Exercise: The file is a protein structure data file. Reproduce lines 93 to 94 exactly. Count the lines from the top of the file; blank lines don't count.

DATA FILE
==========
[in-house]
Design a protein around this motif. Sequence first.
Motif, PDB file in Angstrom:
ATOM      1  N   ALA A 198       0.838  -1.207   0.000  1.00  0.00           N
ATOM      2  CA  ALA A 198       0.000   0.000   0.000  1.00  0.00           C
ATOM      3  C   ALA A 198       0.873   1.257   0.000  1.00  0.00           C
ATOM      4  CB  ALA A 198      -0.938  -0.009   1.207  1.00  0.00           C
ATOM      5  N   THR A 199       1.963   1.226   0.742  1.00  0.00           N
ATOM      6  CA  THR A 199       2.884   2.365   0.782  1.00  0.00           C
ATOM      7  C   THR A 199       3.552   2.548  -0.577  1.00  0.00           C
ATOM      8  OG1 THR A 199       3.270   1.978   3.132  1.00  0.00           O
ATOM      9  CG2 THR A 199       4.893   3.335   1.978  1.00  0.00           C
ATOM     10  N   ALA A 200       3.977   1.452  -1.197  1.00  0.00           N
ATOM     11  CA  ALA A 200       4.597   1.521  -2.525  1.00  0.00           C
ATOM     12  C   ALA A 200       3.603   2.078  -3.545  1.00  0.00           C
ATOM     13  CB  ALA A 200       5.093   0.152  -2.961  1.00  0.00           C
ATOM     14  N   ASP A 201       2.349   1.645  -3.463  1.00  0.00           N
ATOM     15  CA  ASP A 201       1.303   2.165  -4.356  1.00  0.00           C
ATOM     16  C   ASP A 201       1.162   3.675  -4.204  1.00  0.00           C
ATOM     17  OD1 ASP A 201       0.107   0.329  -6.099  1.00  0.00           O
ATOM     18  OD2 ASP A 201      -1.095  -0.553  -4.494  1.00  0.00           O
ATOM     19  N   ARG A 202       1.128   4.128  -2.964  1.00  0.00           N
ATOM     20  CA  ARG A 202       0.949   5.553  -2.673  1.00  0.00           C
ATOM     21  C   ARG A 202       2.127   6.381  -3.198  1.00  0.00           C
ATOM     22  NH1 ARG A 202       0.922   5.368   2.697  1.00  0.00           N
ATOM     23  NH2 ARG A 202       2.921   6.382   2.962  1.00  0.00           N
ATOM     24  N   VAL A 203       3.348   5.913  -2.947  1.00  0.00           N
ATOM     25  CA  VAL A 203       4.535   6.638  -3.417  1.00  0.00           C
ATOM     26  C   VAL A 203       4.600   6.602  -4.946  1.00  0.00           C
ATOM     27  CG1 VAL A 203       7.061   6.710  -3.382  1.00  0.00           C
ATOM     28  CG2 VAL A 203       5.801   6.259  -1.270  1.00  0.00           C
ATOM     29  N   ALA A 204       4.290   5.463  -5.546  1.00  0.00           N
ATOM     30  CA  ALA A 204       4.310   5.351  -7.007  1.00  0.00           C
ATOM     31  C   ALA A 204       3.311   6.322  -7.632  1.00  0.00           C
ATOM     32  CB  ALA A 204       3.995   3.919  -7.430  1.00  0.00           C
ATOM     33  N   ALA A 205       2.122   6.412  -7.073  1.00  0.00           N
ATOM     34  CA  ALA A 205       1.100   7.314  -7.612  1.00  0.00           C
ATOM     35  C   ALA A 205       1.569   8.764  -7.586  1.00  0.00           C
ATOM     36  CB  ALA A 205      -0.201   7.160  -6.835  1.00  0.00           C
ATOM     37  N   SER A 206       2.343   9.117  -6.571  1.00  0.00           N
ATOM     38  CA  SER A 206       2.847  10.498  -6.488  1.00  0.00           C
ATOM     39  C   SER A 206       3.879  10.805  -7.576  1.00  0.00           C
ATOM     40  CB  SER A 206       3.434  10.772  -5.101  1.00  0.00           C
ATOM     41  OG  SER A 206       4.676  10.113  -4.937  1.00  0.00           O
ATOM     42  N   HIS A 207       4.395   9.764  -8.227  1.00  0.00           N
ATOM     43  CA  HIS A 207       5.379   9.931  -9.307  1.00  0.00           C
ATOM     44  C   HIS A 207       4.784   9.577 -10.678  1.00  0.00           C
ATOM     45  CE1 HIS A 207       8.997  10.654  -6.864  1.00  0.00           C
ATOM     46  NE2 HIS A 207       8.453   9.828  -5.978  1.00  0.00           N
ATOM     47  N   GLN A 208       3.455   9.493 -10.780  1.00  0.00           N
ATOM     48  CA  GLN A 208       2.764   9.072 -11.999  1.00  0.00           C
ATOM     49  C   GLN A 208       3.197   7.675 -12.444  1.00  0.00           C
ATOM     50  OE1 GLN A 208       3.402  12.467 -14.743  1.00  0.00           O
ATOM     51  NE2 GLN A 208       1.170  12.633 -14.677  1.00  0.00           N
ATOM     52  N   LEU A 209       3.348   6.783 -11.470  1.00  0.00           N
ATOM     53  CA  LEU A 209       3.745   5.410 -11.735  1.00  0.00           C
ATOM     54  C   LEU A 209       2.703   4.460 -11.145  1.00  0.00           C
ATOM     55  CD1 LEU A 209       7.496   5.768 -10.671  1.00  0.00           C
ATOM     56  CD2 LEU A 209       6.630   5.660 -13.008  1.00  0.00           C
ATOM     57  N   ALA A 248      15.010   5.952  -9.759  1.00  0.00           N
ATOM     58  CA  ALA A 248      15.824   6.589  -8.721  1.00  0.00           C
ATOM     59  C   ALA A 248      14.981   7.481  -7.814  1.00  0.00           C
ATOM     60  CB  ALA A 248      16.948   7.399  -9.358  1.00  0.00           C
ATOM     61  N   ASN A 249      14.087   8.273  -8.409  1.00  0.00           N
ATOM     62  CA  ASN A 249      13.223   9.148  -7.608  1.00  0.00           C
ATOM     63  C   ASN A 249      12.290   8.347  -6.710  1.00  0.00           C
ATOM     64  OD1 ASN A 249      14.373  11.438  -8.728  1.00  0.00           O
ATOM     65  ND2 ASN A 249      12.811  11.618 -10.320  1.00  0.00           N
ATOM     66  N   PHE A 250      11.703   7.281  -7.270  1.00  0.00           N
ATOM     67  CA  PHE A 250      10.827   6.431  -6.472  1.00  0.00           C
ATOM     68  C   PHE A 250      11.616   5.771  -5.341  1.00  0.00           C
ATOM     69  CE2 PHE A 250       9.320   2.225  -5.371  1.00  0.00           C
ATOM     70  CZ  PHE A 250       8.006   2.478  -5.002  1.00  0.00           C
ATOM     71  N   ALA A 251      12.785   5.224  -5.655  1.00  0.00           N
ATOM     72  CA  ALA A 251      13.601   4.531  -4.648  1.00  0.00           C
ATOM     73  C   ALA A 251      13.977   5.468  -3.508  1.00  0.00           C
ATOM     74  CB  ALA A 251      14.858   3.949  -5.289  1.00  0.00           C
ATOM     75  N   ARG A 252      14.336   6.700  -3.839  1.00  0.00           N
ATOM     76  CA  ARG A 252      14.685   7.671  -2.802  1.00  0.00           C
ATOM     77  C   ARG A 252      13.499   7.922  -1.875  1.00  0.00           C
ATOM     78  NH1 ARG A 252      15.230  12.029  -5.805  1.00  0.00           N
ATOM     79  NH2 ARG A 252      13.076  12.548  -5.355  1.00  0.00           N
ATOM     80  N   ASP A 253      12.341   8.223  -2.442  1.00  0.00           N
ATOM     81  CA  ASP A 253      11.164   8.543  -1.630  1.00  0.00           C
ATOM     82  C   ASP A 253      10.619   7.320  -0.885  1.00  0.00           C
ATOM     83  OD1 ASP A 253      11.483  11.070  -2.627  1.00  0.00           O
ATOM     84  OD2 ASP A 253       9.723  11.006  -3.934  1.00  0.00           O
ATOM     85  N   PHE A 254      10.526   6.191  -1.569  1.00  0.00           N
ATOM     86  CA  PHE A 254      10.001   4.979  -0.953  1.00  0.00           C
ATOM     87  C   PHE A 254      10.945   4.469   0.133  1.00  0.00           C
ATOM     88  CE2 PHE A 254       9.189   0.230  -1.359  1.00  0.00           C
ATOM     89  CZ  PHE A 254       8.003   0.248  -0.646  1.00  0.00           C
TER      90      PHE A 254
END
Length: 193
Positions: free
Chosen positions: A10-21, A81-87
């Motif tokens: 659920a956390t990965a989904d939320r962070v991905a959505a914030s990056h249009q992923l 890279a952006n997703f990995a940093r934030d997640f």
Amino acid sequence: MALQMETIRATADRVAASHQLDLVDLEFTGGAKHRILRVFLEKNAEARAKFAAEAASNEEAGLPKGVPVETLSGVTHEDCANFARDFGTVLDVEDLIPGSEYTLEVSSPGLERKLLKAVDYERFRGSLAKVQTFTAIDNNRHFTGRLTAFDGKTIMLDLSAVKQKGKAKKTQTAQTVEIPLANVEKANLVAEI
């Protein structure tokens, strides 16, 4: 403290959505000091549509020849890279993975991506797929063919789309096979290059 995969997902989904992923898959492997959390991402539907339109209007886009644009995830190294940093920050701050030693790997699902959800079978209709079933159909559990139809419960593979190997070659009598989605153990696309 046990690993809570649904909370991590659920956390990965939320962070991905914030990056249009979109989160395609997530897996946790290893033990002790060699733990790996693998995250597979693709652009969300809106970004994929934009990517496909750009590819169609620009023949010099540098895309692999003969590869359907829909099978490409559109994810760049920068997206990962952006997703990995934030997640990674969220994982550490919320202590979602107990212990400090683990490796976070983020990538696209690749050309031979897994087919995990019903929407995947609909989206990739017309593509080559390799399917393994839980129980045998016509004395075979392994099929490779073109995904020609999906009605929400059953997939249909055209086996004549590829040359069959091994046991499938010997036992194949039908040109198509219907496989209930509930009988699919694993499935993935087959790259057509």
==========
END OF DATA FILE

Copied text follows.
TER      90      PHE A 254
END